Apple TV+ review: 'Greyhound' brings Apple to the movie big leagues
Apple has made a good move buying this World War II movie, starring Tom Hanks as a Naval commander, because it's a tense and thrilling effort, as well as being high-profile for the fledgling service.
If prestige projects are what you want — and it's pretty clear that prestige is very important to the overall Apple TV+ project — it's hard to get more prestigious than a World War II movie starring and written by Tom Hanks. Hanks, as an actor, producer and sometimes both, has been involved in Saving Private Ryan, Band of Brothers, and The Pacific, all of which have collected piles of accolades and awards.
Apple is already working with Hanks and Steven Spielberg on Masters of the Air, a World War II miniseries that will launch on Apple TV+ as the service's first in-house series. And when Greyhound, a movie starring Hanks that was scheduled for release this spring, was put on the market by Sony, Apple reportedly paid $70 million to win a bidding war, in order to make Greyhound the highest-profile feature film to debut on Apple TV+ to date.
Acquiring the rights to Greyhound was a good idea, because it's an outstanding film. It's not quite up to the level of a Saving Private Ryan, but it's still a consistently tense, well-assembled war movie- one that bodes well for more ambitious efforts by Apple TV+ on the film side.
Short and sweet
Greyhound probably has more in common with Christopher Nolan's 2017 Dunkirk than it does with any of Hanks' previous World War II projects. Not only is it similar aesthetically, but it's also short. While Saving Private Ryan clocked in at nearly three hours, Greyhound, like Dunkirk, is just over 90 minutes long- and the credits start at the 82-minute mark.
Greyhound was written by Hanks himself, who adapted C. S. Forester's 1955 novel The Good Shepherd. Hanks stars as Commander Krause, a fictional Naval officer who's been given his first command, in the opening days of U.S. involvement in the war in early 1942. Hanks, with a decency consistent with his usual screen persona, plays Krause as a devout man, who's looking to get back to his girlfriend (Elisabeth Shue, who appears briefly.)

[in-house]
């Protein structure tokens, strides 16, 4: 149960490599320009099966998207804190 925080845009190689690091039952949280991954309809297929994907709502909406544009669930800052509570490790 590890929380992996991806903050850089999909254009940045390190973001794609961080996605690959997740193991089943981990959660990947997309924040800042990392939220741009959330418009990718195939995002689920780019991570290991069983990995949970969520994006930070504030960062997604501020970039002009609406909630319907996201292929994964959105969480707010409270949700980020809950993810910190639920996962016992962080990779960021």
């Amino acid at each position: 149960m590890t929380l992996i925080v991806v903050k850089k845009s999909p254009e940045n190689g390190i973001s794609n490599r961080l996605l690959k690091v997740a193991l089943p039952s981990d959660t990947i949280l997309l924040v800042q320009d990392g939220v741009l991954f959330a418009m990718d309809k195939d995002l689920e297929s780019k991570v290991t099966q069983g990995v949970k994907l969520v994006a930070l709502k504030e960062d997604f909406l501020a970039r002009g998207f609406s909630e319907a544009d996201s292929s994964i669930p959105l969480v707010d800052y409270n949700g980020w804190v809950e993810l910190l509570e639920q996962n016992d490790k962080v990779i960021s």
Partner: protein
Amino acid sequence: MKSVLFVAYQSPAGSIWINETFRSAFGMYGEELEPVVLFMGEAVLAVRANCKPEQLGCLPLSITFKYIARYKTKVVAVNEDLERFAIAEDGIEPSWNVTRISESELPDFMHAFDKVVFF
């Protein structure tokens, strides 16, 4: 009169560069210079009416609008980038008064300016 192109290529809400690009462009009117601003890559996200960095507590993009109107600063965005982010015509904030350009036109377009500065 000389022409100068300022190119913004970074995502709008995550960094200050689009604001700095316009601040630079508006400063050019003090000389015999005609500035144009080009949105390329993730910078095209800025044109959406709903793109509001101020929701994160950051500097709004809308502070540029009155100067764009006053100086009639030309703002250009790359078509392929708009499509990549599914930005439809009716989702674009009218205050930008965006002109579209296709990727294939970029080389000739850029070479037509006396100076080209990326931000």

The plot has Krause seeking to overcome self-doubt as he leads a convoy of dozens of ships through a phalanx of German submarines in the North Atlantic. Throughout, the film is presented in gorgeous cinematography by Shelly Johnson, and a soaring musical score by television veteran Blake Neely, which is obviously heavily influenced by the work of John Williams.
In a film like this, the most important thing is keeping the tension up, and the director, Aaron Schneider, absolutely does. The drawback, however, is that the short running time and the sustained action leaves most of the characters rather underdeveloped, even as they're played by talented performers like Stephen Graham and Rob Morgan.
Schneider was an unlikely choice to direct this film. He won an Oscar for a live action short in 2003, made the acclaimed drama Get Low in 2009, and then had no credits for 11 years, until Greyhound, although I don't expect him to sit out for nearly as long before his next film.
The big screen question
Tom Hanks, in a rare public misstep, said in an interview last week that it was "an absolute heartbreak" that Greyhound won't be seen in theaters. "I don't mean to make angry my Apple overlords, but there is a difference in picture and sound quality," Hanks said.
The actor backed off of the comments in another interview the following day, calling Apple TV+ "a benevolent streaming service in every way."
Whatever the status of Hanks' relationship with his "Apple overlords," it is clear that Greyhound is the sort of movie that's best viewed on the largest TV screen possible, as opposed to on an iPhone, iPad or computer.
It's also the sort of movie that represents a clear move by Apple into ultra-prestigious movie fare, the kind of project that could vindicate Gene Munster's prediction from 2017 that Apple would win an Oscar within five years. Greyhound, since it was a planned theatrical release, would appear to meet this year's unique eligibility requirements for the Academy Awards.